You know, you always hear people saying “life is funny sometimes.” Things happen to us that are so ironic they are hard to comprehend sometimes.
And I have been a victim of “life.”
As the disease manager for sepsis at Northeast Georgia Medical Center, I spend my time teaching hospital staff, physicians and the community about how dangerous sepsis is. For more than two years, I’ve preached the importance of recognizing the signs and symptoms of the serious infection and getting rapid treatment to prevent death or debility.
However, my own proactive attitude about sepsis failed me earlier this year.
As a diabetic, I wear an insulin pump. The insulin is infused through a small catheter in my skin and is changed every three days.
On Mother’s Day, I was outside doing what I love to do in the spring, digging in my flower gardens and setting out plants. I got very dirty and sweaty.
The next morning, I noticed my pump site was red and hot. I changed the pump site and called my practitioner for an antibiotic.
As time passed, the site got redder and larger. By the next Tuesday, it was the size of a baseball and very painful.
I came to work and began having severe dizziness, nausea, cold sweat and confusion. My colleagues immediately took me the Emergency Department where the doctor told me something I did not think I would hear: I had severe sepsis.
What a shock! I, of all people, did not even comprehend I had sepsis. How ironic; I should know better.
I was admitted to the hospital and stayed for 11 days. I received several intravenous antibiotics and fluids.
While in the hospital, I suffered from heart failure, anemia and several other health-related problems. But I do not remember most of the time I was in the hospital.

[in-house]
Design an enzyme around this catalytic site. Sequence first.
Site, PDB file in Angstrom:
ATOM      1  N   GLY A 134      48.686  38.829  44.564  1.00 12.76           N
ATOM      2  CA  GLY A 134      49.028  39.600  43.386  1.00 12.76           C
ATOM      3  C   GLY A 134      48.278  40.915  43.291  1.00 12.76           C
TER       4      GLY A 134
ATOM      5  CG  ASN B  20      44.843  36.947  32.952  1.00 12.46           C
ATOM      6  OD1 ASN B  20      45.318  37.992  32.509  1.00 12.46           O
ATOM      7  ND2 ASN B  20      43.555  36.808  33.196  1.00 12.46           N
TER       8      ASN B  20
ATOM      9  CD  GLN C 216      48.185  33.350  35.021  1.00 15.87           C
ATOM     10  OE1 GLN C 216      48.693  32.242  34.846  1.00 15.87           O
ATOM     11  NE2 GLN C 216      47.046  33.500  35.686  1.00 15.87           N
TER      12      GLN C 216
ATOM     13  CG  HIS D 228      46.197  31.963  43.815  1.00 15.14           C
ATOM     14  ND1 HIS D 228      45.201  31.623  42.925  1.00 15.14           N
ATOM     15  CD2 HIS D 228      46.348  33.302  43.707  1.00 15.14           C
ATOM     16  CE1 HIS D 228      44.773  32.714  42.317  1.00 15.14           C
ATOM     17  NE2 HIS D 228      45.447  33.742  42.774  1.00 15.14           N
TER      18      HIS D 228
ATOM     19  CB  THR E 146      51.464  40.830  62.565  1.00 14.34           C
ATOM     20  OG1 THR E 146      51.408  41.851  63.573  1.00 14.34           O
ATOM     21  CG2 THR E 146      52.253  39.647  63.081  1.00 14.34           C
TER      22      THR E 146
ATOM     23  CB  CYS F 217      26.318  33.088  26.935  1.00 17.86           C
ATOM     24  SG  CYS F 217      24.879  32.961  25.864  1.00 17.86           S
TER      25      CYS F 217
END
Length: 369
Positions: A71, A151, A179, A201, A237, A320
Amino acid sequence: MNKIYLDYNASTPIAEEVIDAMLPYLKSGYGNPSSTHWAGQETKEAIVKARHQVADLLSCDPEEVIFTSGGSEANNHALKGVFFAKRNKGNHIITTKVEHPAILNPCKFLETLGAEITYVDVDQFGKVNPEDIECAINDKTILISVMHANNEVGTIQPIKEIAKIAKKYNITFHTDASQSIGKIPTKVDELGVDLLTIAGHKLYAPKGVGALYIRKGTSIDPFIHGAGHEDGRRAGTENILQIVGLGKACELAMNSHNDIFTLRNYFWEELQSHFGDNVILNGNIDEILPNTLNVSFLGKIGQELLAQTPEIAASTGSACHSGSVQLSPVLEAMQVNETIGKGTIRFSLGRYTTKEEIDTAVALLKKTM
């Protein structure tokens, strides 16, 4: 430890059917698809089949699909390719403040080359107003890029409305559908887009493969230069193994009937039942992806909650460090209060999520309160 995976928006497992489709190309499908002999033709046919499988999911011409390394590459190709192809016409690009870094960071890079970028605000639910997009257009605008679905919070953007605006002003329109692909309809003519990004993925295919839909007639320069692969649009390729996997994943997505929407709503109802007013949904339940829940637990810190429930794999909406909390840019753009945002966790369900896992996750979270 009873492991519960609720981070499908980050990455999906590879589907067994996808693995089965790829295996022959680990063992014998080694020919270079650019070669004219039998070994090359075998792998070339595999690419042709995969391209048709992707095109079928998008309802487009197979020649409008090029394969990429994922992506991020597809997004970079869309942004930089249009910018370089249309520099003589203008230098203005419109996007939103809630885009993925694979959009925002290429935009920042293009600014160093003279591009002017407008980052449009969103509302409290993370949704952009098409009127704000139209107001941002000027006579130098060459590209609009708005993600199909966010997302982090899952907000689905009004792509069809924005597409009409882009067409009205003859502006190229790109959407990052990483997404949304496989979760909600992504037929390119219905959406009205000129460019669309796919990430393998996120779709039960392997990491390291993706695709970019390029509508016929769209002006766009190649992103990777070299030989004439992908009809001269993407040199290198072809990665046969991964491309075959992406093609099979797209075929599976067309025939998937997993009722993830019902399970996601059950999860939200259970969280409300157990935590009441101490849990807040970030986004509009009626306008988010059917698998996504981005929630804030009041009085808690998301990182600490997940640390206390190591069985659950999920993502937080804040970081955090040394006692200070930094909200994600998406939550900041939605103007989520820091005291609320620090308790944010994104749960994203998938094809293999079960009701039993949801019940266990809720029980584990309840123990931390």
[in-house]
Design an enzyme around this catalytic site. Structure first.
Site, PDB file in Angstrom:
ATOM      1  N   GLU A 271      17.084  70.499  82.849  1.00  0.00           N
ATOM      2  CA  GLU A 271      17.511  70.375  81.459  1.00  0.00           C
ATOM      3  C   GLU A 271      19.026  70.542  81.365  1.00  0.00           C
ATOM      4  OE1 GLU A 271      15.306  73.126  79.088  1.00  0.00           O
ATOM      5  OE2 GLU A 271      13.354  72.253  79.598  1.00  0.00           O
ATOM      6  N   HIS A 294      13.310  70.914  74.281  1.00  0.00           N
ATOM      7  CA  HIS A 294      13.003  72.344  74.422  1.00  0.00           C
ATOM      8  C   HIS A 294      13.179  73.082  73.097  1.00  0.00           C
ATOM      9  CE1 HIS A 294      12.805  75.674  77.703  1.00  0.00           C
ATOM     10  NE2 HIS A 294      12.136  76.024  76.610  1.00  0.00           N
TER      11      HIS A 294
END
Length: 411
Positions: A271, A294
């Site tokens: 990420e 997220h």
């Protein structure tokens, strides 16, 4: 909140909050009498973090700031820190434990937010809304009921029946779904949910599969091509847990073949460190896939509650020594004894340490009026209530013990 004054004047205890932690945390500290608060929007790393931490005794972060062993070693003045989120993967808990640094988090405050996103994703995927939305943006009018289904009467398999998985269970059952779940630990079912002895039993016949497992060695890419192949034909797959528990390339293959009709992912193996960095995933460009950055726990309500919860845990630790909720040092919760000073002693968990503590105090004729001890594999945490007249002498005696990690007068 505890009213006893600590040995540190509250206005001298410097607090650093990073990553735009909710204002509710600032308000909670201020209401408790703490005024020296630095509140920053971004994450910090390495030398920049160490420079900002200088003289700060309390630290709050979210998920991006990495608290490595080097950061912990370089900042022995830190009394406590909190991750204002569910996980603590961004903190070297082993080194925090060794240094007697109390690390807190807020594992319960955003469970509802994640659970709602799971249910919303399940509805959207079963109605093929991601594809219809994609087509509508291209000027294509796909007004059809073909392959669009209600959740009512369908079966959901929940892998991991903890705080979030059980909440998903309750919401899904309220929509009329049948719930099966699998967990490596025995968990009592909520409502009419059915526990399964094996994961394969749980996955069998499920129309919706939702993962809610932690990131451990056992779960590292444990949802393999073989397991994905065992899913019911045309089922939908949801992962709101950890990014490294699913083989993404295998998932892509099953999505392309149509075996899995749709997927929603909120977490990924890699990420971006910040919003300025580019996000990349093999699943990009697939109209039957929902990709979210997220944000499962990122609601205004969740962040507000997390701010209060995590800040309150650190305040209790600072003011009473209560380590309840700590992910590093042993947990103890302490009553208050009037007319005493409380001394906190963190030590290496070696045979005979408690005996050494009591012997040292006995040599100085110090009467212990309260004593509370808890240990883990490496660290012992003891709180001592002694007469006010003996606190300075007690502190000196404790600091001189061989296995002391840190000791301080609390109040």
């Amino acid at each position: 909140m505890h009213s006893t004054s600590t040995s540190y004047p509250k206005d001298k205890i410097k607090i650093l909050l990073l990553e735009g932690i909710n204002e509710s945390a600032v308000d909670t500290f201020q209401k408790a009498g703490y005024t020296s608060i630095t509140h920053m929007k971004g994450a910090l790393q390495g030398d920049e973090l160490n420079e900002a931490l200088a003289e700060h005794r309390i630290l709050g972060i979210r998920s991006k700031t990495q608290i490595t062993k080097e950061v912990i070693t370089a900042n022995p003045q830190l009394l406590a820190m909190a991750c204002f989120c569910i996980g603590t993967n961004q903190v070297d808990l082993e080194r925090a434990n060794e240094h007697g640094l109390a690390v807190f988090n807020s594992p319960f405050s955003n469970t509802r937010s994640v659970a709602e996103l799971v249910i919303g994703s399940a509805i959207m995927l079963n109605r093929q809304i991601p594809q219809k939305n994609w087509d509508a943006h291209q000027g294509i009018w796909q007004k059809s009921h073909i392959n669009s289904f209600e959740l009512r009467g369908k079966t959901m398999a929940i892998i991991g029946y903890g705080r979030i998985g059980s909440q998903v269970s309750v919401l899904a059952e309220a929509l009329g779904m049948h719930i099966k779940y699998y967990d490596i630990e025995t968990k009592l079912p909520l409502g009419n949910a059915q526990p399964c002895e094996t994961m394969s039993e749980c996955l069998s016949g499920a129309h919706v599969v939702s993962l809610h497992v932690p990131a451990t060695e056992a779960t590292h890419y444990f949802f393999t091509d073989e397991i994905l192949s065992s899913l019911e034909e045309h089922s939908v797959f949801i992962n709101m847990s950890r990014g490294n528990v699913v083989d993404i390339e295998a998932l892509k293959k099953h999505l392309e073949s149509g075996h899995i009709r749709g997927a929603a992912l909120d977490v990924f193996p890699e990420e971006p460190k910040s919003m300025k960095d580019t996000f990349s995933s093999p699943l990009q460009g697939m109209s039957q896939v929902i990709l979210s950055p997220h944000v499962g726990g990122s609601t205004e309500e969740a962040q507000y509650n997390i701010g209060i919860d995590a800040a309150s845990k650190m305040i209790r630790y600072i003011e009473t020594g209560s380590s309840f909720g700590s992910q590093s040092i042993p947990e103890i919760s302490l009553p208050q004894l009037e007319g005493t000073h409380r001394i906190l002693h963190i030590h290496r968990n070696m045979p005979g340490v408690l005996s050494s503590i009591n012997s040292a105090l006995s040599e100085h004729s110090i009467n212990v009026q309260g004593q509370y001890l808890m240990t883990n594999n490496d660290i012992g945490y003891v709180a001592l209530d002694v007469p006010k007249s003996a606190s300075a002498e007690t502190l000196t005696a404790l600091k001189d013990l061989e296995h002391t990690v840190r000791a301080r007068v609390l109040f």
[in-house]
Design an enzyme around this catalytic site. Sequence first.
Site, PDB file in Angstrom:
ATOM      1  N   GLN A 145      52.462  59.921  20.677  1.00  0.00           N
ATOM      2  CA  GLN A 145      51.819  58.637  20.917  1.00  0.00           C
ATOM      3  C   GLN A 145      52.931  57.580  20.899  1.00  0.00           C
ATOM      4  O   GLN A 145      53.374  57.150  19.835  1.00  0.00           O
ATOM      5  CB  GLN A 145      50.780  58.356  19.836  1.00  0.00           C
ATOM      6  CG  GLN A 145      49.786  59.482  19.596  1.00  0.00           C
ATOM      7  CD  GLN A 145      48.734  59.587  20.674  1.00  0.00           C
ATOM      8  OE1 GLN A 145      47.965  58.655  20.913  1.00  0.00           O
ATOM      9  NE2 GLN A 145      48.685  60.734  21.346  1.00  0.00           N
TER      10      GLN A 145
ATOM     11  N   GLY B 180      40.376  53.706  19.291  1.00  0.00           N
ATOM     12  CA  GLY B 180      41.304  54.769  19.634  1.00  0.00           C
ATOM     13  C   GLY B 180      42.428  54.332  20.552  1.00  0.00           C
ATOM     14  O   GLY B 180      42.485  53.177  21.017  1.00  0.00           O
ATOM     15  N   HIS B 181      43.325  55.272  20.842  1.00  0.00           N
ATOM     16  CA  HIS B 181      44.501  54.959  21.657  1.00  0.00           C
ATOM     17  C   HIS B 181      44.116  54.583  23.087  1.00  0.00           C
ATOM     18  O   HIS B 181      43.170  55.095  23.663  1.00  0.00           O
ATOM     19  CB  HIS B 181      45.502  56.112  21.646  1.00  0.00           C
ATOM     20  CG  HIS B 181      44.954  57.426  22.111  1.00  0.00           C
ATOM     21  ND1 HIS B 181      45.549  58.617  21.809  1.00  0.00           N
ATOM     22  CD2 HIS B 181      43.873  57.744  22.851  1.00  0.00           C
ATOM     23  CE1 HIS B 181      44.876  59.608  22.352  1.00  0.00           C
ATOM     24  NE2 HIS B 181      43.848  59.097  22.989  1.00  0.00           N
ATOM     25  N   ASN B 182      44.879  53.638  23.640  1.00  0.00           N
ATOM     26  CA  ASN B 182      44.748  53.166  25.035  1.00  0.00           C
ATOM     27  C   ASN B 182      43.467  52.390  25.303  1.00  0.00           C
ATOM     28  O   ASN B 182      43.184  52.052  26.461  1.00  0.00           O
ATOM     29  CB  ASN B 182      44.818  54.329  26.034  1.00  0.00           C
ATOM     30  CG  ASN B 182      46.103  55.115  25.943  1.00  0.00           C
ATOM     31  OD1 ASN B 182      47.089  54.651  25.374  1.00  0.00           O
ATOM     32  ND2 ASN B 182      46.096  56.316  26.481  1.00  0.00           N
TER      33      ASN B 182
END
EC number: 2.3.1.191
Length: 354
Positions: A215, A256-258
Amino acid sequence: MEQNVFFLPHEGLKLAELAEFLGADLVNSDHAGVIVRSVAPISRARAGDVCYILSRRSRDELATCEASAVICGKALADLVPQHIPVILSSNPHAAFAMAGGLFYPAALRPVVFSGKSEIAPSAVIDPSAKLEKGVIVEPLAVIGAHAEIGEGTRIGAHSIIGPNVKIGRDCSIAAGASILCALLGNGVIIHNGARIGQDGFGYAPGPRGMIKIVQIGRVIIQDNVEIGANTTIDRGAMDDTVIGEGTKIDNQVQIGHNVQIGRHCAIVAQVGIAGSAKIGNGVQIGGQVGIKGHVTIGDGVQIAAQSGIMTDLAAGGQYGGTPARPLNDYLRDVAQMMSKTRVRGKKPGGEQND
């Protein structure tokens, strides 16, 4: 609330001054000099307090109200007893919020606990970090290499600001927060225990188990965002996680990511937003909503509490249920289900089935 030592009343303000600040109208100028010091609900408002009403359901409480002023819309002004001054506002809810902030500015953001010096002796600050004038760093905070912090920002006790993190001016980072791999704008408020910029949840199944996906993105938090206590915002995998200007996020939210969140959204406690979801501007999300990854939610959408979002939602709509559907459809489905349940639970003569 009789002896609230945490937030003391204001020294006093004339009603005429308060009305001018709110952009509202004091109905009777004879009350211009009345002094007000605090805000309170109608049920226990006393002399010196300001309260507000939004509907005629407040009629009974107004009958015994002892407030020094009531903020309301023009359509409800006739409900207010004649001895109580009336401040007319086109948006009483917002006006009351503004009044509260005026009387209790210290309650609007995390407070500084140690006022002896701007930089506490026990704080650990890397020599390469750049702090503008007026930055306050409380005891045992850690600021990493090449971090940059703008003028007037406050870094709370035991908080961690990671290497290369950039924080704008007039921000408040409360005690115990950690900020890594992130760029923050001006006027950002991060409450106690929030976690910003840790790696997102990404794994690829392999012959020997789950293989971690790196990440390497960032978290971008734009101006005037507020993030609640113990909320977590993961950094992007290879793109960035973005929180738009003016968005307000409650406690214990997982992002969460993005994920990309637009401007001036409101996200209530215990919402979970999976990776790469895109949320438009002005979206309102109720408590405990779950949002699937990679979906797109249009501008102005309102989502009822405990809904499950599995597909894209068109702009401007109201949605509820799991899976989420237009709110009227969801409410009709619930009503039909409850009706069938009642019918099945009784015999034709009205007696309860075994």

It took me nearly two months to recover. I now know, as a sepsis survivor, how easy it is to not recognize the symptons.
In 2011, a Harris Poll found more than half of Americans had never heard of sepsis. It is actually one of the top leading causes of death in the United States today. In 2009, more than 258,000 deaths were attributed to sepsis in the United States. That is more than heart attacks and many types of cancer. Plus, more than 1.7 million people were hospitalized in 2009 with the infection.
Sepsis occurs when a person’s body is fighting off viruses, bacteria and fungi. The body’s natural defense system goes haywire and actually starts attacking the body itself instead of fight the organism.
If the symptoms of sepsis are not detected and treated as soon as possible, it can lead to organ damage, disability and even death. Time is the major factor for survival, but treatment is as simple. Patients are given antibiotics and intravenous fluids as soon as sepsis is identified.
Symptoms include a heartbeat greater than 90 beats per minute; a temperature of greater than 100.4 or less than 96.8 orally; low blood pressure; and breathing more than 20 breaths per minute. You may also have a change in your mental status and mottled or cool skin.
If you are on an antibiotic and your condition does not improve within 24 to 48 hours, seek further treatment. By not ignoring the symptoms, you increase the chance of becoming a sepsis survivor ... like me!
Susan Irick is the sepsis disease manager at Northeast Georgia Medical Center.